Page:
Cal Poly Professor Jenni James and student Morgan Howe-Cobb help curb malnutrition in Malawi
By Stacia Momburg
Agribusiness student Morgan Howe-Cobb (left) and Professor Jennifer James spent time in Malawi last summer as part of a nutrient supplement study managed by UC Davis.
Many of us are aware that hunger and malnutrition permeate the Third World, but few of us truly grasp the complexities associated with feeding the hungry there.
At Cal Poly, an agribusiness professor and one of her students are working with faculty at UC Davis to prevent early childhood malnutrition and address that challenge one village at a time.
In the fall of 2008 UC Davis agricultural economist Steve Vosti contacted Cal Poly Professor Jenni James regarding the International Lipid-Based Nutrient Supplements (iLNS) Project, which is being managed by UC Davis. The project aims to identify highly nutritious and cost-effective supplements that can be added to weaning foods to combat malnutrition, as well as to develop cost-effective methods of distributing the product to low-income and resource-poor families.
The UC Davis research team is working with French company Nurtriset to develop peanut-based supplements for pregnant and lactating women and children under the age of 2. Last year the UC Davis team landed a five-year, $16 million research grant from the Bill and Melinda Gates Foundation. The funds help support what is being considered one of the most comprehensive international early childhood nutrition trials ever undertaken. The research team is working with public and private institutions in Burkina Faso, Finland, France, Ghana, Malawi and the United States.
Marketing and product distribution are where James and agribusiness student Morgan Howe-Cobb come in. As part of the five-year study, the professor and student will analyze complex food and fiber markets in Malawi to determine the most efficient ways to get iLNS into local markets. Similar research is taking place at other ILNS project sites.
Last July, James and Howe-Cobb spent a month in Mangochi, Malawi studying the various ways food and other products are bought and sold at markets. The goal of the trip was to determine seller types, details about the sellers and to track market prices.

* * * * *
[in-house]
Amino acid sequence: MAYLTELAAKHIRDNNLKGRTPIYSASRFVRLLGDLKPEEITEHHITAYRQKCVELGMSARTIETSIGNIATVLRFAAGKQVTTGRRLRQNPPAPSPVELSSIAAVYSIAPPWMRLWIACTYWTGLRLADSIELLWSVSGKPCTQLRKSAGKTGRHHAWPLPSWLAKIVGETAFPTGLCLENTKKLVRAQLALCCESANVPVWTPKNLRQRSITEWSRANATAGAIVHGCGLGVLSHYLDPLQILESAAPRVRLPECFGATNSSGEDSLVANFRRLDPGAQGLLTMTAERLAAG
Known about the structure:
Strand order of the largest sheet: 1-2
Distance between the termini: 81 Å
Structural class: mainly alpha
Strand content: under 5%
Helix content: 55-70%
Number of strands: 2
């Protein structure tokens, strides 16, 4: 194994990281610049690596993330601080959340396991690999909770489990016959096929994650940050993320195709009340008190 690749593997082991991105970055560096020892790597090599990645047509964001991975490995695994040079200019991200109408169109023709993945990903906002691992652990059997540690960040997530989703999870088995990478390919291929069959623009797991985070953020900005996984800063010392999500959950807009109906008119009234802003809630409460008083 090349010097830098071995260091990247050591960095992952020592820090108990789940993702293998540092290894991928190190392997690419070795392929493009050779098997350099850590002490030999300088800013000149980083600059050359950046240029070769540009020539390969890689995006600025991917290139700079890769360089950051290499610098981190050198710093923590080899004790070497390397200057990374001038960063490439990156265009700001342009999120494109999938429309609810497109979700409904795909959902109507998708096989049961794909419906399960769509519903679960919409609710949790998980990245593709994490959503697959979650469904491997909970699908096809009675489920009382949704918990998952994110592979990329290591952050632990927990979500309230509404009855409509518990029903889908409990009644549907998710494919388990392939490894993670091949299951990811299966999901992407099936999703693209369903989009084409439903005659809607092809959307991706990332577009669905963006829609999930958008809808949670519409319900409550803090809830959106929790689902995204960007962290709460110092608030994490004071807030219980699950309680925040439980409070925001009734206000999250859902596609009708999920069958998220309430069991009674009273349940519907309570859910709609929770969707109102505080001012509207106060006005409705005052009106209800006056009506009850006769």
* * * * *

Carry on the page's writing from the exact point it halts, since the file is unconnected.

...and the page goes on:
In a country where the average life expectancy for both men and women is roughly 44 years old and the average per capita income is $800 per year, finding ways to promote the adoption and use of iLNS products in Mangochi, and places like it, will be no small feat.
James said the challenge she and Howe-Cobb face is determining how to effectively introduce the product to a highly unstructured market system.
“We want to increase the chances for the nutrition team to reach its target client – resource-poor homes with very young children,” James said. “Services and products in Mangochi are sold from individual homes, at local open-air markets, at wholesale shops, and in convenience stores and supermarkets. The difficulty is determining how and where the product will get the most traction.”
Other hurdles include working in a country with a shaky infrastructure and a culture in which contracts are not binding. Additionally, modern technology does not exist in remote areas, which means that inventory and tracking are all done manually. Lack of timely information and unclear product distribution channels will be issues the Cal Poly team will address in a distribution strategy.
Howe-Cobb volunteered for the project, and part of the study will serve as her senior project. While in Malawi, she collected data on products currently on the market in that country that are like iLNS, as well as products that iLNS can be used with, such as porridge, maize, milk, biscuits, baby formula and juices.
“My task is to analyze the prices of these competing and complementary products and recommend a pricing strategy for iLNS. Ultimately, we want to price it so that consumers will purchase the supplement and consistently include it in their children’s diets,” Howe-Cobb said.
“Morgan is doing a fantastic job of organizing and analyzing the data,” James said. “Her contribution to the study will persist long after she graduates. We plan to repeat her study to track changes in the markets over time.”
Howe-Cobb, who will graduate in June, said she feels lucky to have taken part in the research.
“It’s been really eye-opening,” she said. “I have a much better sense of the world and how I can play an important part in making it a better place.”
To read more about the iLNS project, managed by UC Davis, visit http://ucdavismagazine.ucdavis.edu/issues/win10/tiny_packets_of_hope.html.